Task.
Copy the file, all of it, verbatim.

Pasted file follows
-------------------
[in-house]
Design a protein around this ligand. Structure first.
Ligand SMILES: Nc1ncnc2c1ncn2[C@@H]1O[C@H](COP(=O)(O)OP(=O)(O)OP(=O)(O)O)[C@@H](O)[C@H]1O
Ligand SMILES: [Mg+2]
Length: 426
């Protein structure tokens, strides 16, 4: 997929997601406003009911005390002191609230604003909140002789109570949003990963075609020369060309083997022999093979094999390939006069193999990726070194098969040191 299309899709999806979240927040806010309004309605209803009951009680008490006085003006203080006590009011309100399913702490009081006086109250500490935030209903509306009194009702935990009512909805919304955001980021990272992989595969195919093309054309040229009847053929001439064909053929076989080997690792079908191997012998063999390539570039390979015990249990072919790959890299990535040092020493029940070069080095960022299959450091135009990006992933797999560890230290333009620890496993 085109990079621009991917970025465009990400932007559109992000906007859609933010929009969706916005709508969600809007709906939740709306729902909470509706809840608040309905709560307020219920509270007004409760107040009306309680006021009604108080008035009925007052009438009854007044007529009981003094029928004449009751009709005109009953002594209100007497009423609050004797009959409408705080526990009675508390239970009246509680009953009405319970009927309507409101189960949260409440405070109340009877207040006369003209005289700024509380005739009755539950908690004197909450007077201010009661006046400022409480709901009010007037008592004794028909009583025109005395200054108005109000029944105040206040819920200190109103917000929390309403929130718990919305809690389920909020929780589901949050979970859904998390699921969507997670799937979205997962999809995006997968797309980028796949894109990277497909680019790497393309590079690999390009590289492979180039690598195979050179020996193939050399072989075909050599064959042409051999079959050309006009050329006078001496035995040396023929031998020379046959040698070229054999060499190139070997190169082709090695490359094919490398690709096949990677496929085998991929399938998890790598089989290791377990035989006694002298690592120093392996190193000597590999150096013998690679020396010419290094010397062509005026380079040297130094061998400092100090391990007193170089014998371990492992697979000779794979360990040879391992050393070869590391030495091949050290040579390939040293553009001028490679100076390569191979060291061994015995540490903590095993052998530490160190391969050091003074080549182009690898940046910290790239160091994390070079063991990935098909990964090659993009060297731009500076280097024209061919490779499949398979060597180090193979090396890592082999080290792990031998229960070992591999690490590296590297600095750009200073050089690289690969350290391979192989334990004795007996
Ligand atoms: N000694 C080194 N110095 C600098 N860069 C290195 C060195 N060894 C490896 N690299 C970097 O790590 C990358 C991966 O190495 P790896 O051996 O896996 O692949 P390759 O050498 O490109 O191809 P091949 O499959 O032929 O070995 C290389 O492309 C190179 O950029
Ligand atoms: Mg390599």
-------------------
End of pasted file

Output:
[in-house]
Design a protein around this ligand. Structure first.
Ligand SMILES: Nc1ncnc2c1ncn2[C@@H]1O[C@H](COP(=O)(O)OP(=O)(O)OP(=O)(O)O)[C@@H](O)[C@H]1O
Ligand SMILES: [Mg+2]
Length: 426
């Protein structure tokens, strides 16, 4: 997929997601406003009911005390002191609230604003909140002789109570949003990963075609020369060309083997022999093979094999390939006069193999990726070194098969040191 299309899709999806979240927040806010309004309605209803009951009680008490006085003006203080006590009011309100399913702490009081006086109250500490935030209903509306009194009702935990009512909805919304955001980021990272992989595969195919093309054309040229009847053929001439064909053929076989080997690792079908191997012998063999390539570039390979015990249990072919790959890299990535040092020493029940070069080095960022299959450091135009990006992933797999560890230290333009620890496993 085109990079621009991917970025465009990400932007559109992000906007859609933010929009969706916005709508969600809007709906939740709306729902909470509706809840608040309905709560307020219920509270007004409760107040009306309680006021009604108080008035009925007052009438009854007044007529009981003094029928004449009751009709005109009953002594209100007497009423609050004797009959409408705080526990009675508390239970009246509680009953009405319970009927309507409101189960949260409440405070109340009877207040006369003209005289700024509380005739009755539950908690004197909450007077201010009661006046400022409480709901009010007037008592004794028909009583025109005395200054108005109000029944105040206040819920200190109103917000929390309403929130718990919305809690389920909020929780589901949050979970859904998390699921969507997670799937979205997962999809995006997968797309980028796949894109990277497909680019790497393309590079690999390009590289492979180039690598195979050179020996193939050399072989075909050599064959042409051999079959050309006009050329006078001496035995040396023929031998020379046959040698070229054999060499190139070997190169082709090695490359094919490398690709096949990677496929085998991929399938998890790598089989290791377990035989006694002298690592120093392996190193000597590999150096013998690679020396010419290094010397062509005026380079040297130094061998400092100090391990007193170089014998371990492992697979000779794979360990040879391992050393070869590391030495091949050290040579390939040293553009001028490679100076390569191979060291061994015995540490903590095993052998530490160190391969050091003074080549182009690898940046910290790239160091994390070079063991990935098909990964090659993009060297731009500076280097024209061919490779499949398979060597180090193979090396890592082999080290792990031998229960070992591999690490590296590297600095750009200073050089690289690969350290391979192989334990004795007996
Ligand atoms: N000694 C080194 N110095 C600098 N860069 C290195 C060195 N060894 C490896 N690299 C970097 O790590 C990358 C991966 O190495 P790896 O051996 O896996 O692949 P390759 O050498 O490109 O191809 P091949 O499959 O032929 O070995 C290389 O492309 C190179 O950029
Ligand atoms: Mg390599």